I am not going to overwhelm the newbie with a lot of unnecessary
instructions or remarks that might bore him to the point of diluting his interest or of dampening his enthusiasm. I will,however, stress the several points of importance as they appear in the course of the lessons, and at the same time explain the
reasons why certain pieces of equipment are needed. A correct outfit of course is indispensable for training. A mechanic cannot do a creditable job without proper tools: neither can a trainer achieve satisfactory results unless he has the right
equipment for his dog. And by equipment I mean the correct type of collar, the right sort of leash, and all the rest of the trainer's tools which, expertly selected, may mean the difference between success and failure.
People often arrive at the training field armed with the strangest outfits; and sometimes it requires all my powers of persuasion to convince them that they are unsuitable. A harness, for instance, is totally unfit, especially for the large dog,
which pulls on the leash until he well nigh paralyzes his master's arm. True, a special harness may be advised later for trailing, but for the beginner it is a hindrance because it does not permit the handler to keep agreen dog under control.
The collar is the only means by which perfect control can be exerted. The thin chain, intended as a leash, also is incorrect and even dangerous--many are the hands burned and cut from using such a contrivance.
Another piece of equipment against which I warn is the plain choke collar. In order to obtain results with a collar of this type, the guide must pull on the choke to the point of strangling the dog until he loses his breath. I have seen dogs with necks strained and seriously injured from being trained with choke collars simply because of the strength that can be exerted when the guide brings the dog up short with a quick,
hard jerk. But never have I observed the dog with the tiniest red mark on his neck from wearing the ordinary training collar. It is this training collar that I wish to explain fully.
Almost every conscientious trainer will recommend it, not only for the purpose of saving the guide the arm strain caused by the dog's constant pulling, but as a means of doing away with that worst of all punishers, the whip. The training collar is a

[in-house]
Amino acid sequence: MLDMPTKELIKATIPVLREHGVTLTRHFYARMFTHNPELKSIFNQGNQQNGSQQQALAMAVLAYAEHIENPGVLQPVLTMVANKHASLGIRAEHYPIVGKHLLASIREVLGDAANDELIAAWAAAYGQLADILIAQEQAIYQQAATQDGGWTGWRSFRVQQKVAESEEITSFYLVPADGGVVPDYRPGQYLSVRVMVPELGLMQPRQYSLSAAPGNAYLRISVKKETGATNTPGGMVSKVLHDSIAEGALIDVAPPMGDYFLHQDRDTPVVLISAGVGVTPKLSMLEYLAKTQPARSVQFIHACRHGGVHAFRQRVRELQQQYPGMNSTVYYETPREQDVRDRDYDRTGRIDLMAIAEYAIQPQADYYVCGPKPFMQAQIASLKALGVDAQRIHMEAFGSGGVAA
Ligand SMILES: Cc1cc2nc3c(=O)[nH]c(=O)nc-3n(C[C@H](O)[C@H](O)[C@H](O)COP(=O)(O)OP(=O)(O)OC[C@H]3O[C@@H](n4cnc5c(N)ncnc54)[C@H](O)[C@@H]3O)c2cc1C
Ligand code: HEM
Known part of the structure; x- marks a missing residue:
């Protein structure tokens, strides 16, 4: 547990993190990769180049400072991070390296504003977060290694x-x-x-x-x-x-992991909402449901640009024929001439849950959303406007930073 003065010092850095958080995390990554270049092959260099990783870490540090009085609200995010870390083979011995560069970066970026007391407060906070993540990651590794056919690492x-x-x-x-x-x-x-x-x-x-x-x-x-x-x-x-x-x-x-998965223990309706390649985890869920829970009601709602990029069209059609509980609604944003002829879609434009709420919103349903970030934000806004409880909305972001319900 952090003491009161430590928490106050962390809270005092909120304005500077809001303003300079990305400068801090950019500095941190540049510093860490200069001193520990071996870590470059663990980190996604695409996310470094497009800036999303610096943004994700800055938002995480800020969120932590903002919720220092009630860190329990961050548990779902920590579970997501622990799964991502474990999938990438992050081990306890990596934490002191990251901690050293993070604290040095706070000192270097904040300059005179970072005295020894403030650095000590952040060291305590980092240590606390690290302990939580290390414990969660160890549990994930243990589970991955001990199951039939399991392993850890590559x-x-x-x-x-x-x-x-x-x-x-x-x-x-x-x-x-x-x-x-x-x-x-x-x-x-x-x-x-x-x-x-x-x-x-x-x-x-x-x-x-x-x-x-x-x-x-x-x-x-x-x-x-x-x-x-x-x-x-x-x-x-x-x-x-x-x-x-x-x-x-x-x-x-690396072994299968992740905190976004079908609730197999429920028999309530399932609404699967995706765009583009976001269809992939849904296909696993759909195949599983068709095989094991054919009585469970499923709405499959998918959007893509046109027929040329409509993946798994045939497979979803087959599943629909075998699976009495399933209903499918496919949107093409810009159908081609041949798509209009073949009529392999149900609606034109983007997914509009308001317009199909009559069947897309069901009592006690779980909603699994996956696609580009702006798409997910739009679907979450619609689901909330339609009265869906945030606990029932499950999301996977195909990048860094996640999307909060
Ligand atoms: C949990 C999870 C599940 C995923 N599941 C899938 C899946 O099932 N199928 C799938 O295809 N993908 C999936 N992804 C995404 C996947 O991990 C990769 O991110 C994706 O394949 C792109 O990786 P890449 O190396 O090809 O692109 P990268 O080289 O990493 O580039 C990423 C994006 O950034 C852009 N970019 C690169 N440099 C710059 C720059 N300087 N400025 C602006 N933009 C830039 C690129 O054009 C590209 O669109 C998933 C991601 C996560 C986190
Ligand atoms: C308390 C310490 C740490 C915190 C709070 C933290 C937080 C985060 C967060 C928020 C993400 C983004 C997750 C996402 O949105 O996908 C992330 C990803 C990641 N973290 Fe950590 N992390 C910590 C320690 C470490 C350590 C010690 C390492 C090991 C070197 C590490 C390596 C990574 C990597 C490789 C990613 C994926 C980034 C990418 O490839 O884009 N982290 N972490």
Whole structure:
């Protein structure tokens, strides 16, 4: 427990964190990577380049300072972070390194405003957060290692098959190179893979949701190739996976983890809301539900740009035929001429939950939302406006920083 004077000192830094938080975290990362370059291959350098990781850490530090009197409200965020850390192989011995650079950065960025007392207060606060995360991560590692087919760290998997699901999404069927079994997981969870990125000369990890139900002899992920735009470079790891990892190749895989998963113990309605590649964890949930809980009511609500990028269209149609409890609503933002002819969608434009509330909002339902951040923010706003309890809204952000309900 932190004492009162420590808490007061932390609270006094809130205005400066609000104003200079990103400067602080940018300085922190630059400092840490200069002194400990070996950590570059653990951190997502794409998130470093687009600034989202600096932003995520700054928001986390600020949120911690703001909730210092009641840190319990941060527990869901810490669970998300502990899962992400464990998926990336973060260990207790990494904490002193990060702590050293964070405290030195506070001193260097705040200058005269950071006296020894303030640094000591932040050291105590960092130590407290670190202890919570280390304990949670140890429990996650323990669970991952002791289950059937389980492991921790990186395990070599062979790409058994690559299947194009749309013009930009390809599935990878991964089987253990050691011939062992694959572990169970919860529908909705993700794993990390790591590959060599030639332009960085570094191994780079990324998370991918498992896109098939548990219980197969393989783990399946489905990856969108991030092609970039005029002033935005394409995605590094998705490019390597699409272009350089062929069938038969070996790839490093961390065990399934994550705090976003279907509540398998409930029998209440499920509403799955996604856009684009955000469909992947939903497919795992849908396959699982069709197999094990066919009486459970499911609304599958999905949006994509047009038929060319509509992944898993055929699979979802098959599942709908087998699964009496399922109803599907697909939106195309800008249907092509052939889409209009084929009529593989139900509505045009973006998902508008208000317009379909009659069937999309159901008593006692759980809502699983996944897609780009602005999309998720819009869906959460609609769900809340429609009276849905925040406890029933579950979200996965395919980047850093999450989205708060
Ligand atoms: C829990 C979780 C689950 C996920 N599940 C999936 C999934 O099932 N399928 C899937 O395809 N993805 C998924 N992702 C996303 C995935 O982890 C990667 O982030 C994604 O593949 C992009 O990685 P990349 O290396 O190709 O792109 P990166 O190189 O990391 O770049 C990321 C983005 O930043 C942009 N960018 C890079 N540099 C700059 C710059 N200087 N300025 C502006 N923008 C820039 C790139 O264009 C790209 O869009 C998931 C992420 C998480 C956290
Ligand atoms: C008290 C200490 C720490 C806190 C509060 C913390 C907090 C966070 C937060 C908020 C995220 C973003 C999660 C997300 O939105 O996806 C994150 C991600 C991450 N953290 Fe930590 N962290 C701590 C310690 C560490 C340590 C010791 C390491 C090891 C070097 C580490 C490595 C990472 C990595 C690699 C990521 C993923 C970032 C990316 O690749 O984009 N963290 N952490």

well-thought-out, cruelty-preventing device, which at the same time, assists in systematic training. Its inside prongs, being blunt, cannot pierce the skin; in fact, no injury to my knowledge has ever been caused by this type of collar.
Unfortunately, hearsay and superficial knowledge has led to condemnation of the training collar on sight by many people unaware of its real purpose or of its actual method of use.Those who would endeavor to have these collars prohibited, I
would like to convince of their error. The point is that this collar I recommend
is the most definite help in the training of all dogs, refractory or otherwise; and once trained, the dog is forever removed from drastic methods of abuse like whipping
which at times have been resorted to by the very people who deplore the training collar.
Some years ago I was offered a good price to train a certain shepherd dog to stop his attacks upon people. A shepherd man at heart, I considered this breed the king of working dogs, but the moment I saw this big fellow T knew the reason for the trouble.
Due possibly to constant petting and coddling, this dog was as spoiled an animal as could be found. He considered everybody and everything fit subject for attack. Yet when I suggested that the owner start the dog on a series of obedience lessons in order
first to get him under control, my advice relative to the training collar met with strong resistance. To speak plainly, I have never heard a more radical condemnation of the training collar than that given by this man in direct disregard of my own
knowledge and experience.
A short time later I was called to the man's home where I found everyone in a state of great excitement. Following attacks upon several people, the police had shot the dog, and the owner asked me to act as witness against a neighbor and against the police
who had killed the dog. This of course I refused to do. But, looking at the body of the poor dog, as he lay there mutilated with eleven bullets, I asked the owner this question: Who do you consider more inhuman? These men who killed your dog in order to
defend others, or you yourself, the man who disregarded my advice when I told you how to make a real friend and companion of your dog through proper training? Reluctantly he admitted his mistake.
Another incident worth relating occurred several years ago. When he saw the training collar my own dog Bodo had been wearing for seven years, a man claimed that Twas cruel to the dog. The collar aroused his ire, and in ignorance of its true value, he
asked me to wear it! Carefully I explained to him how wrong it was to compare a human being with an animal. I told him to consider that the skin of a dog, many times tougher than the skin of man, can be tanned to make leather while the skin of a human being cannot. Even would it be impossible for a man to wear a plain leather collar without consequent abrasion of the skin.
Jane Simpson is a freelance writer and regularly writes on
matters related to pets. She writes frequently forTerrier Breeds.com
, as well as Training Pitbull Dogs N Breeds